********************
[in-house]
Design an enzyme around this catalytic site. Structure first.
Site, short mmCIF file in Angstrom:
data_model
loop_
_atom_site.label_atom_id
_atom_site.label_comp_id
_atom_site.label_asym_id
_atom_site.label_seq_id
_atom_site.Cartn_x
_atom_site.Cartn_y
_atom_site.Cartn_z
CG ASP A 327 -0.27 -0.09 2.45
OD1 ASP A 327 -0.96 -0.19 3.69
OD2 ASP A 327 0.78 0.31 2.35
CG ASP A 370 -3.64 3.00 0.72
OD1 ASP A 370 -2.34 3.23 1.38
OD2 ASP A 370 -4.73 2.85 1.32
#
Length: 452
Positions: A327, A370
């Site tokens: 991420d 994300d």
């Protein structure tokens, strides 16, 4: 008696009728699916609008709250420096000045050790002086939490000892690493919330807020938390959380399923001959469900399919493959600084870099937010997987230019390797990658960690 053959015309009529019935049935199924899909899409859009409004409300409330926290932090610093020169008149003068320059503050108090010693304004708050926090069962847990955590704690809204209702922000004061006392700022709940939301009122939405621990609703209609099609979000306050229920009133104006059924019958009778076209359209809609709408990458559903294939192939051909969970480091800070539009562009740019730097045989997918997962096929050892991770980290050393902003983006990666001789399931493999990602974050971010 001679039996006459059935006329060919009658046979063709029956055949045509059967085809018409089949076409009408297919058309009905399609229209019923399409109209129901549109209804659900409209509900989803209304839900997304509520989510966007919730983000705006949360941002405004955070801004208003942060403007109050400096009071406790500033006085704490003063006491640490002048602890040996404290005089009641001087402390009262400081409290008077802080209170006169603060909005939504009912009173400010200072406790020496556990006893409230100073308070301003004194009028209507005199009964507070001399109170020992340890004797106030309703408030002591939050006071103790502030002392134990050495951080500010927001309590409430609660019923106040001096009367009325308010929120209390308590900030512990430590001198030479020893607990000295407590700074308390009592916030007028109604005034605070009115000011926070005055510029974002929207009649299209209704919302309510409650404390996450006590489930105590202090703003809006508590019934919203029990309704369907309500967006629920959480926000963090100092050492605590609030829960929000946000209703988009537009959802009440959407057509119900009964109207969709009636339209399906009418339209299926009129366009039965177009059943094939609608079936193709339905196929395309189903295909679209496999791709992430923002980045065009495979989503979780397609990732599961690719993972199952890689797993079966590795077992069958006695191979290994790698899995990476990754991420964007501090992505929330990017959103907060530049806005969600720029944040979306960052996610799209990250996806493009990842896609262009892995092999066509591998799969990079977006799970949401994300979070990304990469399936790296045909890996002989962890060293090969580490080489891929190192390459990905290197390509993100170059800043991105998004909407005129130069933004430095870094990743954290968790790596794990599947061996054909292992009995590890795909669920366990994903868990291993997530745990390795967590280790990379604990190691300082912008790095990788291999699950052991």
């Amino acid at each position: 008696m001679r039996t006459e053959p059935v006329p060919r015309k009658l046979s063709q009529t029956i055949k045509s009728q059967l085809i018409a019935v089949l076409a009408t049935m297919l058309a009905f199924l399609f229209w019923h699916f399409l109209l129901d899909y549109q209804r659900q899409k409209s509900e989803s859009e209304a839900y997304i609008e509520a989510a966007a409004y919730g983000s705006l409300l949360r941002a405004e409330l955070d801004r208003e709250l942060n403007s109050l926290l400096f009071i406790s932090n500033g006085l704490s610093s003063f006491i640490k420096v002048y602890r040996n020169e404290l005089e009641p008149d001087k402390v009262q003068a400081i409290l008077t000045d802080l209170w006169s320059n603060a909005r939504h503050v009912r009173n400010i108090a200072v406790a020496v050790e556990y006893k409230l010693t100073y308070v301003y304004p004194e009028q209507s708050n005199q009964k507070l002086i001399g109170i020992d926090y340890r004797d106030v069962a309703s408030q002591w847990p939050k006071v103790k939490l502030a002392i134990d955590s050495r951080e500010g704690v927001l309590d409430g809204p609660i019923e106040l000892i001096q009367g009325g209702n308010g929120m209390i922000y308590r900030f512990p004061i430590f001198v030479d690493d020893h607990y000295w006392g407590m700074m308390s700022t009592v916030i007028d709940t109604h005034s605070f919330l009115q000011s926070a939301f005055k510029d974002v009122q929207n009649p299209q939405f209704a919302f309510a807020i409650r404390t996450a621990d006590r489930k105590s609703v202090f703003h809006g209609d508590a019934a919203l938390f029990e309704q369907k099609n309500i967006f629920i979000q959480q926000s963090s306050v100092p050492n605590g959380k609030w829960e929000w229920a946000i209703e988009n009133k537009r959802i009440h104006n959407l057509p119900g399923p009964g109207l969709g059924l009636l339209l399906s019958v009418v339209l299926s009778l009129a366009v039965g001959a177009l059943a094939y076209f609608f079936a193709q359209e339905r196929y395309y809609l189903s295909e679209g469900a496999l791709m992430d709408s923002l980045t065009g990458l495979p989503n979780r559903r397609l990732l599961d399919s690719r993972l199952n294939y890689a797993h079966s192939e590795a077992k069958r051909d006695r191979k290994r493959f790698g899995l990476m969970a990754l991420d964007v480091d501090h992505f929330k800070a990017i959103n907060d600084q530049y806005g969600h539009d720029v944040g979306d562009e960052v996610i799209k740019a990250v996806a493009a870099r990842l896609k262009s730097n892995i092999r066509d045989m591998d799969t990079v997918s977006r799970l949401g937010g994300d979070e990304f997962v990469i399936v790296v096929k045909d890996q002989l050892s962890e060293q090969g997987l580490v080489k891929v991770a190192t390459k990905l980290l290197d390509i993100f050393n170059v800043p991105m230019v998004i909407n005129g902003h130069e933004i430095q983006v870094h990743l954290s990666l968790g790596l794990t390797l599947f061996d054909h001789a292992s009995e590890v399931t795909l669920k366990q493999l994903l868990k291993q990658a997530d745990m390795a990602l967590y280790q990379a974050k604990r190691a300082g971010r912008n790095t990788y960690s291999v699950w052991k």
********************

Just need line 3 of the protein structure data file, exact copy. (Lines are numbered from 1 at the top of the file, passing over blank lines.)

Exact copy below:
Site, short mmCIF file in Angstrom: